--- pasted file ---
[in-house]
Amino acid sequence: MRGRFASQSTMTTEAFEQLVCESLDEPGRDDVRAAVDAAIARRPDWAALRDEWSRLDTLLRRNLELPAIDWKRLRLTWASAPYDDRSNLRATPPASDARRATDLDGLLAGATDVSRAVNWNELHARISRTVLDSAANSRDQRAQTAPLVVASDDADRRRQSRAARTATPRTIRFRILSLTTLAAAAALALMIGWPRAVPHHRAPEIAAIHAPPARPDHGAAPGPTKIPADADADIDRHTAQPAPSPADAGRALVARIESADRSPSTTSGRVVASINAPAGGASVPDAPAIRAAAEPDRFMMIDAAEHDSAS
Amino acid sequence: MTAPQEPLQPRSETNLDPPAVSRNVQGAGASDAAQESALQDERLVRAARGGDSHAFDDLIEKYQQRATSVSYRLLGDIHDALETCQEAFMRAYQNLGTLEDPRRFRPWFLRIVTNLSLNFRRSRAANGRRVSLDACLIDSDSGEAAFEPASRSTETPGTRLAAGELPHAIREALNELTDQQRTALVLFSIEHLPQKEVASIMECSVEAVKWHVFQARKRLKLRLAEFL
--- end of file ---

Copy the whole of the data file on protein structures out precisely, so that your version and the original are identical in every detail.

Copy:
[in-house]
Amino acid sequence: MRGRFASQSTMTTEAFEQLVCESLDEPGRDDVRAAVDAAIARRPDWAALRDEWSRLDTLLRRNLELPAIDWKRLRLTWASAPYDDRSNLRATPPASDARRATDLDGLLAGATDVSRAVNWNELHARISRTVLDSAANSRDQRAQTAPLVVASDDADRRRQSRAARTATPRTIRFRILSLTTLAAAAALALMIGWPRAVPHHRAPEIAAIHAPPARPDHGAAPGPTKIPADADADIDRHTAQPAPSPADAGRALVARIESADRSPSTTSGRVVASINAPAGGASVPDAPAIRAAAEPDRFMMIDAAEHDSAS
Amino acid sequence: MTAPQEPLQPRSETNLDPPAVSRNVQGAGASDAAQESALQDERLVRAARGGDSHAFDDLIEKYQQRATSVSYRLLGDIHDALETCQEAFMRAYQNLGTLEDPRRFRPWFLRIVTNLSLNFRRSRAANGRRVSLDACLIDSDSGEAAFEPASRSTETPGTRLAAGELPHAIREALNELTDQQRTALVLFSIEHLPQKEVASIMECSVEAVKWHVFQARKRLKLRLAEFL